PAY­MENTS

The Middletown Press (Middletown, CT) - - FROM THE FRONT PAGE -

than we get back,” La­mont said dur­ing the cam­paign. “We’re sub­si­diz­ing all these other states that don’t in­vest in their in­fra­struc­ture the way we do.”

In Wash­ing­ton, Sen. Richard Blu­men­thal, D-Conn., said that in the just­be­gun 116th Congress, “I am urg­ing my col­leagues on both sides of the aisle to com­mit to a com­pre­hen­sive over­haul of our trans­porta­tion and in­fra­struc­ture sys­tems, and I want to see as many of those dol­lars as pos­si­ble in­vested in Con­necti­cut roads, bridges, air­ports, rails and ports.”

High in­come, taxes

The data is drawn from an ex­haus­tive anal­y­sis by the Comptroller of New York state, which is sim­i­larly fac­ing long-term chal­lenges in evening out its fed­eral pay­ments and re­ceipts. Of­fi­cials at Con­necti­cut’s Depart­ment of Rev­enue Ser­vices and Of­fice of Fis­cal Anal­y­sis said their of­fices have done no com­pa­ra­ble study.

The New York study ranks all 50 states by a va­ri­ety of mea­sures. Among them, it breaks down the kind of tax money that heads to Wash­ing­ton — in­come, ex­cise, social in­sur­ance, es­tate and gift, cor­po­rate — and the fed­eral spend­ing that heads back out, in­clud­ing de­fense con­tracts, Medi­care, Social Se­cu­rity, veter­ans’ ben­e­fits, Med­i­caid, hous­ing and ed­u­ca­tion.

Part of the rea­son for the im­bal­ance is struc­tural, ex­perts say. With a rel­a­tively small pop­u­la­tion of 3.5 mil­lion and a me­dian house­hold in­come of $73,433 — sixth largest among the 50 states — Con­necti­cut has a higher-than-av­er­age pro­por­tion of well-to-do peo­ple who pay ac­cord­ingly higher taxes.

“We have a very high qual­ity of life here,” said Joseph McGee, vice pres­i­dent for pub­lic pol­icy and pro­grams at the Busi­ness Coun­cil of Fairfield County. “While we pay a lot in taxes in Con­necti­cut, we have main­tained a high-per­form­ing econ­omy. I don’t think we’ve been pe­nal­ized for be­ing suc­cess­ful.”

As an in­dus­trial econ­omy, Con­necti­cut was a man­u­fac­tur­ing pow­er­house from the Civil War through World War II. Its blue-col­lar for­tunes be­gan to wane in the post-war world, but it made the tran­si­tion to a pri­mar­ily white-col­lar econ­omy based on in­sur­ance, fi­nan­cial ser­vices, uni­ver­si­ties and med­i­cal re­search.

The state is now in the midst of yet an­other tran­si­tion, to a dig­i­tal econ­omy that re­quires a new kind of worker with good math and com­puter skills.

Con­necti­cut has fared bet­ter than states in the Mid­west that have yet to re­cover from the dra­matic out­sourc­ing of fac­tory jobs in the last two decades.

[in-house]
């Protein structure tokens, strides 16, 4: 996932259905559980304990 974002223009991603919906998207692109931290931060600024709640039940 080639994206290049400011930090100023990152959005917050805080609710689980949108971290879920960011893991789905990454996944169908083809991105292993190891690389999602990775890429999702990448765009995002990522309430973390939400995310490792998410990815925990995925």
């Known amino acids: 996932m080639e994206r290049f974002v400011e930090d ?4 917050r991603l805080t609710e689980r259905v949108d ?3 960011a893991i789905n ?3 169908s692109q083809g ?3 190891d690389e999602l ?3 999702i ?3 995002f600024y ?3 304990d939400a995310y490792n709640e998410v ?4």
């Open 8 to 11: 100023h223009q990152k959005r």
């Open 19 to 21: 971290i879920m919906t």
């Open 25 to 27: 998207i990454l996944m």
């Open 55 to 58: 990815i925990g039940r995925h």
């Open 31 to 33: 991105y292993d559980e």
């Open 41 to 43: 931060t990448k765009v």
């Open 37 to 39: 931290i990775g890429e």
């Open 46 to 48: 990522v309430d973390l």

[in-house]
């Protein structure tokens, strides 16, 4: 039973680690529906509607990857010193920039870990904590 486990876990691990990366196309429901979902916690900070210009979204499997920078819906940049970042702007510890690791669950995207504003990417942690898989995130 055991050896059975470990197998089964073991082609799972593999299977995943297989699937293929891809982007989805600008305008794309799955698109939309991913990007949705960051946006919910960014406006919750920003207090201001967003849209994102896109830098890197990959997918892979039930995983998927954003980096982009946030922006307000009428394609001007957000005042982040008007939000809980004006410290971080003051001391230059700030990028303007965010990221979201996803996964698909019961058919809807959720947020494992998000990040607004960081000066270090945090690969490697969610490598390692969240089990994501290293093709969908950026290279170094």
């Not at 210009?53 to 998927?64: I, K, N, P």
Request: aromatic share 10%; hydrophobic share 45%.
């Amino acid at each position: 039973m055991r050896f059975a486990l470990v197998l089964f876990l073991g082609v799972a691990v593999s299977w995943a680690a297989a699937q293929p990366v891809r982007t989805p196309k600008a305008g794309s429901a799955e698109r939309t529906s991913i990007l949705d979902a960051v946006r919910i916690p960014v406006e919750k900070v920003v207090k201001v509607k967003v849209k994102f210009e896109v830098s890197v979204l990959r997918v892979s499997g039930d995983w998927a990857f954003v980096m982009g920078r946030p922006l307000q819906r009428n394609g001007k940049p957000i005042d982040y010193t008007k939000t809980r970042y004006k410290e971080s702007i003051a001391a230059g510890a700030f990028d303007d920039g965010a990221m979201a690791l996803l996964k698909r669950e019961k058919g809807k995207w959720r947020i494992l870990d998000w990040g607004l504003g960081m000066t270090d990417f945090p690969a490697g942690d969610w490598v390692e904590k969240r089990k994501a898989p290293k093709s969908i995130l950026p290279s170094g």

But Hart­ford, Bridge­port and New Haven re­main mired in poverty, and some ex­perts main­tain that state of­fi­cials have done a poor job of min­ing the many veins of fed­eral money that might help them.

“We didn’t think it was im­por­tant; there was com­pla­cency,” said Fred Carstensen, a fi­nance pro­fes­sor at the Univer­sity of Con­necti­cut School of Busi­ness.

Although the state’s spend­ing cap has not been in op­er­a­tion since 2015, it served as a dis­in­cen­tive to seek out fed­eral money since any (apart from trans­porta­tion money) off­set­ting in­come from Wash­ing­ton would be counted against the cap, Carstensen said.

An­other short­com­ing, Carstensen said, is the lack of a top-notch data cen­ter and gov­ern­ment em­ploy­ees ded­i­cated to con­nect­ing the dots be­tween fed­eral pots of money and state needs.

“Con­necti­cut flies blind,” he said. “How could a state so smart be so stupid?”

Play­ing de­fense

But even the harsh­est crit­ics con­sider de­fense spend­ing a bright spot.

With Blu­men­thal on the Se­nate Armed Ser­vices Com­mit­tee and Sen. Chris Mur­phy on the Se­nate Ap­pro­pri­a­tions sub­com­mit­tee on mil­i­tary con­struc­tion, the needs of the state’s de­fense in­dus­try have been well tended.

Be­cause of its high con­cen­tra­tion of de­fense con­trac­tors — Elec­tric Boat, Siko­rsky and United Tech­nolo­gies (Pratt & Whit­ney) among them — Con­necti­cut is No.4 in the na­tion in terms of U.S. gov­ern­ment pro­cure­ment, at $12.2 bil­lion in 2017.

Mur­phy, in par­tic­u­lar, has been at­ten­tive to the Navy’s sub­ma­rine base in Gro­ton and to Elec­tric Boat, one of two builders of sub­marines. His in­ter­est perked up af­ter the Navy in 2016 took him on a sub­ma­rine ride up to the Arc­tic Cir­cle.

But apart from good in­ten­tions, Blu­men­thal, Mur­phy and the state’s House del­e­ga­tion of five Democrats pales in com­par­i­son to the his­toric cham­pi­ons of “bring­ing home the ba­con.”

Chief among those was the late Sen. Robert Byrd, D-W.Va., chairman of the Se­nate Ap­pro­pri­a­tions Com­mit­tee, who in­fused fed­eral spend­ing into his poverty-stricken state with the force of a fire hose.

To be fair, the rules on Capi­tol Hill have changed — par­tic­u­larly those gov­ern­ing ear­marks.

Ear­marks, fed­eral fund­ing se­cre­tively slipped into leg­is­la­tion with lit­tle or no de­bate in Congress, took a nose­dive in 2005 af­ter rev­e­la­tions about the “Bridge to Nowhere,” a $223 mil­lion span be­tween the Alaskan town of Ketchikan and a vir­tu­ally un­in­hab­ited is­land with the area’s air­port.

Hearst Con­necti­cut Me­dia file photo

Yale Univer­sity ben­e­fits from a num­ber of fed­eral grants.

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